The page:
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Senior Profile: Louise Motlow

By Judy Weeks

IMMOKALEE — The passage of time may have taken its physical toll on Louise Motlow, but she cherishes vivid memories that span more than three-quarters of a century. She was born sometime prior to 1932 in a region often referred to as “Florida’s last frontier,” while her family worked in a Miami tourist village.

Her parents, Jack and Lena Billie Motlow, followed the trend of the Seminole lifestyle during the first half of the 20th century in South Florida. This included dividing their time between campsites in the Everglades and the tourist villages in Miami for the sake of economy. Seasonal tourism provided a market for their arts and crafts during the winter months; the remainder of the year was spent in the family’s Panther Camp near Ochopee.

Working beside her mother, Louise helped tend the garden and learned to prepare the meals, sew, bead and make baskets in the tradition of her ancestors. Her father was an avid hunter who provided meat for their meals and traded alligator, otter, deer and raccoon hides for necessary supplies.

Louise never dreamed that Immokalee would become her permanent home. Her first recollection of Immokalee centered upon Roberts General Store. This trading post was the hub of the small frontier community and a favorite gathering place for Seminoles and local farmers and ranchers. Jack Motlow brought his family here every few months while trading hides.

When Louise turned 14, she became old enough to join her family in the tomato fields near Ochopee. Up before daylight, the farm workers would ride in Cory Osceola’s old truck to a back-breaking job in the fields and then regroup for the long ride home at the end of the day.

Within a short time, the Motlows became one of the founding families of the Immokalee encampment on the curve of Route 29. The farming community was growing, and they needed to live close to the jobs in the fields during the growing season and schools for their children. In the off months, they migrated to the Dania Reservation in Hollywood to supplement their income.

“Seventeen was one of the most important years in my life,” Louise said. “I became the wife of John Osceola and gave birth to our first child, Grace. While visiting Hollywood, I attended Rev. Crenshaw’s 1st Baptist Church and became a Christian. A short time later, I was baptized by missionary Sam Tommie. God has been an important part of my life ever since.”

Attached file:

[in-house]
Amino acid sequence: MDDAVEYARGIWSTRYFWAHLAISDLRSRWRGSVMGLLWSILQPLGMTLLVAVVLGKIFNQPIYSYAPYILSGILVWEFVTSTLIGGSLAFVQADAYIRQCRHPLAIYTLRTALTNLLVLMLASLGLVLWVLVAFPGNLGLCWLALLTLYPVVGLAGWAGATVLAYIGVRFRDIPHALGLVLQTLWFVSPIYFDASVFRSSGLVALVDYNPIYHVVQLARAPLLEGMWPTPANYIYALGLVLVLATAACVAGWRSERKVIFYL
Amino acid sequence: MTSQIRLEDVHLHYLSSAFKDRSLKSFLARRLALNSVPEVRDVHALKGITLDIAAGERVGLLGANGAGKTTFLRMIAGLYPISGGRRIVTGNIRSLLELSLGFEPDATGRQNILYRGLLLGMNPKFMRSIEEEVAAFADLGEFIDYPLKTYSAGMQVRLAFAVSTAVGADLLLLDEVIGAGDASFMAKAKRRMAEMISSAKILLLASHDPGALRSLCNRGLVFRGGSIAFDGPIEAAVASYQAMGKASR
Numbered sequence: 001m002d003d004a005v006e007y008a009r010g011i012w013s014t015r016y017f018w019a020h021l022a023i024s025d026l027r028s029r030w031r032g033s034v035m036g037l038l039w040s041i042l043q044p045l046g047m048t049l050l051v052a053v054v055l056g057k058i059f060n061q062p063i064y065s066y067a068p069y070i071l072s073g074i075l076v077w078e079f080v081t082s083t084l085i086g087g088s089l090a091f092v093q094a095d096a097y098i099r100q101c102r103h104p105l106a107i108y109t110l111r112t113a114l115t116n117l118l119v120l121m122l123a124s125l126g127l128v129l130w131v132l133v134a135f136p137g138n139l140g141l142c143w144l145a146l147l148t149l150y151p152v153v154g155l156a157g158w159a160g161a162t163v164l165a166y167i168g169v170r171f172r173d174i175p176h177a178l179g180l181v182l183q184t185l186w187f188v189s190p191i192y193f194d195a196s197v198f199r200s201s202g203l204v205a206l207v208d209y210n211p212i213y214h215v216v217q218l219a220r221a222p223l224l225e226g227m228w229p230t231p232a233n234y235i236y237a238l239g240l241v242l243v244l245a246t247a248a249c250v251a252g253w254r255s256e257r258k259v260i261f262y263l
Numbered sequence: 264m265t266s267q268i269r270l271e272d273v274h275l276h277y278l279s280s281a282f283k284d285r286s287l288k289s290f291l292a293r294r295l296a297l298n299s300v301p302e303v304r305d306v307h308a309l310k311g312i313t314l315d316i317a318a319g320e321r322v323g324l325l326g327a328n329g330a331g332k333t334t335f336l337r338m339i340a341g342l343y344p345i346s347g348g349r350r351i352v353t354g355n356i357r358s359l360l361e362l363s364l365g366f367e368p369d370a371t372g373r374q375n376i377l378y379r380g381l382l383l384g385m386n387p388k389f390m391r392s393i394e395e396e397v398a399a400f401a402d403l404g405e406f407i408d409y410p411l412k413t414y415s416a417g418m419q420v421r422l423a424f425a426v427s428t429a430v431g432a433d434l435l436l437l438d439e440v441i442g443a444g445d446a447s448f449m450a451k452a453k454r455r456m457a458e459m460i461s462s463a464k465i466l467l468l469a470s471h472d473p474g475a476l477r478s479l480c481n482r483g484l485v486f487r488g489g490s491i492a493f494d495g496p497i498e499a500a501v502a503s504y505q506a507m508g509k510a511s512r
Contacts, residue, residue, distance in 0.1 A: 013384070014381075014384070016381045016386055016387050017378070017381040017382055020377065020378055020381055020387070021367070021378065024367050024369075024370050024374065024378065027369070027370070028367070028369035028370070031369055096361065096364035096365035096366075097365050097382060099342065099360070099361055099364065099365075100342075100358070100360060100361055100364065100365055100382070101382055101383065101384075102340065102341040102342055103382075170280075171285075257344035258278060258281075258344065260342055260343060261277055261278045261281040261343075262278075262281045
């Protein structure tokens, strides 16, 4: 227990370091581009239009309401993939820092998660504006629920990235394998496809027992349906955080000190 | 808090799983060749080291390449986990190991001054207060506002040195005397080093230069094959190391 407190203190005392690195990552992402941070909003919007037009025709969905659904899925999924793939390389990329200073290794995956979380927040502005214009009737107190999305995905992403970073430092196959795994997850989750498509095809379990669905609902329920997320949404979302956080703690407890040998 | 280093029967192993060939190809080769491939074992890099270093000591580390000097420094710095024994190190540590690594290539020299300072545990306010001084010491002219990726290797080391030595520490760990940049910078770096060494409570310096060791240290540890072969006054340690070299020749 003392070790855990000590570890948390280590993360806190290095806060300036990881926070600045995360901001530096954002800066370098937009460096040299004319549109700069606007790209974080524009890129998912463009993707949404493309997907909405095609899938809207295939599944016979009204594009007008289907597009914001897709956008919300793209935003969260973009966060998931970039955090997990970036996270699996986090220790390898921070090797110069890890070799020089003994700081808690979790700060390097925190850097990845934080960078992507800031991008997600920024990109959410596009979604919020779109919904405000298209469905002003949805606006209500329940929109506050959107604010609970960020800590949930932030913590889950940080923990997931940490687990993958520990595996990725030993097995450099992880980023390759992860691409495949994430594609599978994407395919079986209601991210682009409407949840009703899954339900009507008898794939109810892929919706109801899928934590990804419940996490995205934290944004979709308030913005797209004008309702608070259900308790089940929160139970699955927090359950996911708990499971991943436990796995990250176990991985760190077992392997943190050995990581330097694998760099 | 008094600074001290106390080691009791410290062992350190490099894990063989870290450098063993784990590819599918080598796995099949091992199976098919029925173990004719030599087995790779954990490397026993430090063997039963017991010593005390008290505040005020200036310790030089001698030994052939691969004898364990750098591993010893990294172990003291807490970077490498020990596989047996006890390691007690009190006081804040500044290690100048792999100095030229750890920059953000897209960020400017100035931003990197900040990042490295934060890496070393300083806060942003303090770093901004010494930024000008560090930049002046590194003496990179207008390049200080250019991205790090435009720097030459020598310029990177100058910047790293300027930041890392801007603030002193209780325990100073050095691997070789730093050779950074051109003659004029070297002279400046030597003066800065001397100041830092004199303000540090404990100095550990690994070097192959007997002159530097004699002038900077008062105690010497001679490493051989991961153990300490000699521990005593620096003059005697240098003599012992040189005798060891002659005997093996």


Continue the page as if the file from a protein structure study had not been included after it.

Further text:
“I was living on the curve when my first three children were born, and then we moved down to Hollywood,” Louise said. “After a while, John and I separated, and I returned home to Immokalee as a single mother with a large family to support. I found work in the fields, did sewing and beadwork and took odd jobs whenever possible. For a while, I worked in Hollywood on an assembly line making electrical parts for telephones.”

Forced to follow work availability, Louise fluctuated between Hollywood and Immokalee for several years, but she always returned to her family camp whenever possible. When her youngest daughter, Gale, was in the fifth grade, she was determined to make Immokalee their permanent home.

The first piece of land on Stockade Road that would eventually become the Immokalee Reservation had been acquired, and Louise joined her parents and sisters with their families in creating the growing Seminole community. She joined the staff of the Arts & Crafts Department founded by the Florida Governor’s Council, and she supported her family by creating Seminole designs, baskets, dolls and beadwork.

Four of her children graduated from Immokalee High School and two have sought higher educational opportunities. Grace was the first Immokalee Harvest Festival Queen; Gale attended Haskell University and is the site manager of the Immokalee Senior Center; Norita has worked in education, served as the Immokalee Board Representative and is head of the Immokalee Building and Grounds Department; Benny was an Immokalee Council liaison and is a local businessman.

Three of her eight children have passed on, and the remaining five with their children are a close-knit family. At present, she has more than 20 grandchildren and nine great-grandchildren.

“My mother has led a very full life, but it hasn’t always been easy,” Gale Motlow Boone said. “Her children and God have always been her first priority.”

“She made many sacrifices on our behalf, and I can never repay her for all the love and compassion that she has given us,” Boone said. “No matter how tired she was, she always saw to it that we had clean clothes and food on the table. She would make the impossible happen. Knowing how much it meant to me to be like the other kids in school, she somehow performed a miracle and surprised me with a pair of designer jeans.”

“I know that God has taken care of me, and I talk to him each day,” said Louise. “God began to make a difference from the first day that He entered my life. I have watched Him be a part of our community as it has grown. Years ago, the missionaries used to come to visit our camp, and then we held church in the chickee behind Lucy John’s house and the gym. We prayed for a church and finally, last year our prayers were answered, and we opened the doors of our house of God.”

“Now I pray that our young people will come to the church, talk to God and ask for guidance,” Motlow said. “With God’s help, all things are possible. We come from strong people who have survived much hardship. With God’s help, we will carry on our heritage.”

 

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